When it comes to churning up the world's oceans, Mastigias jellyfish are quite the little blenders. New research suggests that large groups of the small, placid creatures--along with all of the sea's other motile beings--can mix as much heat, gases, and nutrients through the water column as the winds and tides do.
On the surface, the sea is a roiling mass. But dip 100 meters below and the water is calm. How, then, do the world's oceans distribute heat and food throughout their depths? Currents driven by salinity and temperature differences can transport a lot. But another part of the answer comes from an idea conceived by the grandson of Charles Darwin. About a half-century ago, the famed naturalist's descendant--also named Charles--proposed that a body moving through a fluid would tend to drag some of that fluid with it. Applied to the oceans, the hypothesis means that the churning action created when aquatic creatures swim--even the smallest and slowest--might stir a significant amount of water.
Most scientists have remained skeptical, however, arguing that small marine creatures in particular could not overcome water's viscosity enough to circulate much of anything. Now, it turns out, the idea first posed by Darwin's grandson may be right.
Bioengineers Kakani Katija and John Dabiri, both of the California Institute of Technology in Pasadena, and their colleagues tested the idea by performing a series of remarkably simple experiments last September in a lagoon on the South Pacific island of Palau. There, they studied how the Mastigias jellyfish mixed water as the softball-size creatures swam peacefully by the scuba-diving researchers. "Their relatively simple swimming motions make them amenable to a careful study of fluid dynamics," Dabiri writes in an e-mail. "We consider them a model system."
The researchers recorded the water-mixing effects of the jellyfish by placing a harmless dye near the creatures and tracking how the dye moved with video cameras. Then the team analyzed the results using computer simulations and calculated the amount of energy produced. The observations showed that despite water viscosity, Mastigias jellyfish mixed a surprising volume of water. So much, based on estimates of the number of living creatures in the ocean and their collective efforts, that the mixing is comparable to that of the winds and the tides, the researchers will report tomorrow in Nature.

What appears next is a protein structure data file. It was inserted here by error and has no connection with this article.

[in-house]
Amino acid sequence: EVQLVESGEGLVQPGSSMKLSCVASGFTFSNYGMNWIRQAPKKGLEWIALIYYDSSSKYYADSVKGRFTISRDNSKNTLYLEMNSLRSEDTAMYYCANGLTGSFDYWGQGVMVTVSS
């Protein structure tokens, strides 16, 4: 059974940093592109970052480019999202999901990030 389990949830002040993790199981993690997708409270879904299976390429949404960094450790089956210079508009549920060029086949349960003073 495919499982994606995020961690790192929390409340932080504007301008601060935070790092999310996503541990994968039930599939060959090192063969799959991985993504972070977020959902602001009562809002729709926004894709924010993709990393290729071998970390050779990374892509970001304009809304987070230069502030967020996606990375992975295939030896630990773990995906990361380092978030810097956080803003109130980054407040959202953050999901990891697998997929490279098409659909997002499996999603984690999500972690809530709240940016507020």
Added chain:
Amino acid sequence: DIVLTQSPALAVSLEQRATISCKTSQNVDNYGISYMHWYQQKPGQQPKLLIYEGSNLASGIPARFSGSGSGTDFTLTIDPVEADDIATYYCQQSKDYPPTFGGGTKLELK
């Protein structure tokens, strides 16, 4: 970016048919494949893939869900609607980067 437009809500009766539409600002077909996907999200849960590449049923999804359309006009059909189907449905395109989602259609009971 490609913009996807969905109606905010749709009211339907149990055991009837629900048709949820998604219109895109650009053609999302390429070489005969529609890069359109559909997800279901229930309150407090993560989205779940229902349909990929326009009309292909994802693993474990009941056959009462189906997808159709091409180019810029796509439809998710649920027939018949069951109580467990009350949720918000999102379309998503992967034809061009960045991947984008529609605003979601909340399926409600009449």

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The results "open up fascinating possibilities" for how the marine biosphere can create more favorable conditions for itself, says oceanographer Gary Shaffer of the University of Copenhagen. They imply, for example, that the daily vertical migrations of zooplankton found off the coasts of Peru and Chile help transport nutrients to the ocean surface where those nutrients can feed the phytoplankton that the zooplankton eat, he explains.
Oceanographer William Dewar of Florida State University in Tallahassee agrees. "The study suggests that even relatively small marine animals can play a major role in ocean mixing," he says. "Since many of them move up and down hundreds of meters each day, their effects could be important."